Giuseppe “Joe” Profaci

Giuseppe “Joe” Profaci was born on October 2, 1897 in Villabate a province Palermo, Sicily. His life as a child is mostly unknown but he is suspected of having been associated with the Sicilian mafia and spent one year in a Sicily prison on theft charges.
On September 4, 1921 Profaci boarded ship bound for the United States. That same ship also carried Vincent Mangano, (future boss of the Gambino family) Phillip Mangano and their father. After 17 days at sea, Profaci landed on the shores of the United States and settled in Chicago where he opened a grocery store. . However, the business was unsuccessful and in 1925 Profaci relocated to New York, where he entered the olive oil export business. It was here he received the nickname ‘the Olive Oil king’ making Long Island his territory.
By 1927 Profaci had used his relationship with Vincent Mangano to form his own gang and build relationships with other gang leaders in New York. He expanded his business to include extortion, bootlegging and counterfeiting and by the end of 1928 Profaci became one of the most powerful gangs in New York.
As his power continued to increase, Profaci was one of several men to be invited to a mafia summit at the Statler Hotel in Cleveland on December 5, 1928. Cleveland mafia boss Joseph Porello hosted the meeting. Other attendees included Pasqualino Lolordo, representing Al Capone, and the Chicago Outfit, Profaci’s brother-in-law and underboss Giuseppe Magliocco and Vincent Mangano, then member of the Al Mineo family, and representatives from the Florida mob.
Cleveland police soon noticed or were tipped off about the gathering. Twenty-three men including Profaci were arrested on bootlegging charges from their respective states. Upon hearing of the arrests, Joseph Porello put up the money for bail for all but one of his associates who faced murder charges. Profaci wasn’t fazed by the arrest. He accomplished his goal of becoming a recognized mafia boss and went back to New York to expand his empire.

By 1931 Profaci led a very powerful gang involved in prostitution, loan sharking, narcotics trafficking, and numbers rackets. He remained neutral during the Castellammarese War and was rewarded with his own family during the reorganization led by Lucky Luciano. The Profaci family was also rewarded with a seat at the newly established Commission and was officially recognized as one of the Five Families of New York.

As Profaci grew his empire he was one of a handful of mafia bosses to keep legitimate business on the side to insulate himself from tax evasion charges which were, at the time, a favorite of New York prosecutors. He still maintained his olive oil business and during World War II where Italy was against the United States, olive oil was hard to come by so his business thrived. Over the years, Profaci owned and operated more than 20 legitimate businesses and employed hundreds of people in New York when employment was difficult to come by. He was also very close to the Bonanno family with the two leaders visiting each other often with their families. There relationship was strengthened when Profaci’s niece Rosalie and Salvatore Bonanno, married. Profaci was also related to Detroit leader Vito Tocco after his daughter married Tocco’s son.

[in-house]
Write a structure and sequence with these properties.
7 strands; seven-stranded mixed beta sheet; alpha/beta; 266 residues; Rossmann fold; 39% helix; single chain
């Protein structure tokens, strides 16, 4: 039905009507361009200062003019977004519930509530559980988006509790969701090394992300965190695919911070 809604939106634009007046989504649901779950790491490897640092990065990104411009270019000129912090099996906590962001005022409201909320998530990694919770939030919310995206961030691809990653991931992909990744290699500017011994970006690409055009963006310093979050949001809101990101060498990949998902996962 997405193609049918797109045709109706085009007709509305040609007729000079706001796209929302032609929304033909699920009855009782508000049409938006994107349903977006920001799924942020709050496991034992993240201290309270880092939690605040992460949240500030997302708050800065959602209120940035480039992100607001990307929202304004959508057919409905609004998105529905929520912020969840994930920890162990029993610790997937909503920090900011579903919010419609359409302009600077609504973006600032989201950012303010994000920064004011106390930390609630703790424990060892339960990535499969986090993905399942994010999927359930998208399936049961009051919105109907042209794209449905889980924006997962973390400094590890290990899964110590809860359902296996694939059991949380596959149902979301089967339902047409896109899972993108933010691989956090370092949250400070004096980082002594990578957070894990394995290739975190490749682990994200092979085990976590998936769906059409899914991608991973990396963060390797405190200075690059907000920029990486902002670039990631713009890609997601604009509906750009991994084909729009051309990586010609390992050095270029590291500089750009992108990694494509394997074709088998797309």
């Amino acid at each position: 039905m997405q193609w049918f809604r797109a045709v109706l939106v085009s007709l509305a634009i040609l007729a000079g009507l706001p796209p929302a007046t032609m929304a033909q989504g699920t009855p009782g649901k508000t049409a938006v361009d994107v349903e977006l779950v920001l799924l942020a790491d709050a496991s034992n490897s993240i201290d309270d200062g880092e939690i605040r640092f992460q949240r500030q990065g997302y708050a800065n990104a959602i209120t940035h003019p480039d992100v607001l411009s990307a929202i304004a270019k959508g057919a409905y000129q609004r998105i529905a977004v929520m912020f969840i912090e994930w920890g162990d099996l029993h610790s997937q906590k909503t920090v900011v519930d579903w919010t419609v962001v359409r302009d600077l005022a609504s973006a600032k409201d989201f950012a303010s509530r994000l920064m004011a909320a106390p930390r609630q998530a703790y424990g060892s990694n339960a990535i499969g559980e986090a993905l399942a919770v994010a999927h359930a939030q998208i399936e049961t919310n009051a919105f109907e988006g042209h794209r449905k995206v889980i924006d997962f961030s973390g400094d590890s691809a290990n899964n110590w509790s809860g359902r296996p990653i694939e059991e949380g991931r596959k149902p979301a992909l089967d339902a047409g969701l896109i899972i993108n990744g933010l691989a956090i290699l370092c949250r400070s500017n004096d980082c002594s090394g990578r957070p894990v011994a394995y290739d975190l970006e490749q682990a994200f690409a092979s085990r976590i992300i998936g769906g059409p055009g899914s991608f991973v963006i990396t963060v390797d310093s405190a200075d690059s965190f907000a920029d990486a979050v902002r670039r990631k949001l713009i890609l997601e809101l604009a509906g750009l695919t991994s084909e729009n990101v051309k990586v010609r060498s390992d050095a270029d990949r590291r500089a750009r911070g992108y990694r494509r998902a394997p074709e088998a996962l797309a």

Profaci kept several homes with one in Bensonhurst, Brooklyn, Miami Beach, Florida, and a 328-acre estate on Long Island that was previously owned by President Theodore Roosevelt. His estate had its own airstrip, and chapel. As a devote Catholic, Profaci gave thousands of dollars to Catholic charities. It is reported Profaci had a thief killed after he stole valuable jeweled crowns from the Regina Pacis Votive shrine in Brooklyn.�

Although he avoided legal trouble most of his life, the 1950’s proved to be tough for Profaci. The IRS sued

Joe Profaci Mausoleum

for 1.5 million in back taxes, and in 1954 the US Department of Justice moved to revoke Profaci’s citizenship. Profaci appealed in 1960 and the decision was reversed ending the legal action. In 1959 federal authorities caught on to Profaci’s drug trafficking having seized crates of hollowed out oranges that Profaci imported from Italy. Inside the oranges authorities found baggies of heroin with a total weight of 110 pounds. Despite having tape a phone conversation with Profaci and another man in Italy, authorities did not have enough evidence to charge him with a crime.

In late 1959 Profaci ordered the murder of Frank Abbatemarco a Profaci associate because he didn’t pay his tribute to the boss. After his murder, Profaci ordered the killing of his son to prevent retribution. Profaci family member Joe Gallo and his two brothers intervened and refused to hand over Abbatemarco’s son in an attempt to take over the family. This led to the Gallo-Profaci war in 1960 where several men were kidnapped and killed. The Gallo brothers were backed by Carmine Persico, an upcoming gangster from the Profaci family and bosses Thomas Lucchese and Carlo Gambino. In May 1961 after a failed murder attempt on Gallo, he was convicted and sentenced to ten years in prison for extortion. Profaci was the victor. However on June 7 1962, six months after the death of Lucky Luciano, Joe Profaci died of cancer. He is buried at Saint John Cemetery in the Middle Village section of Queens.

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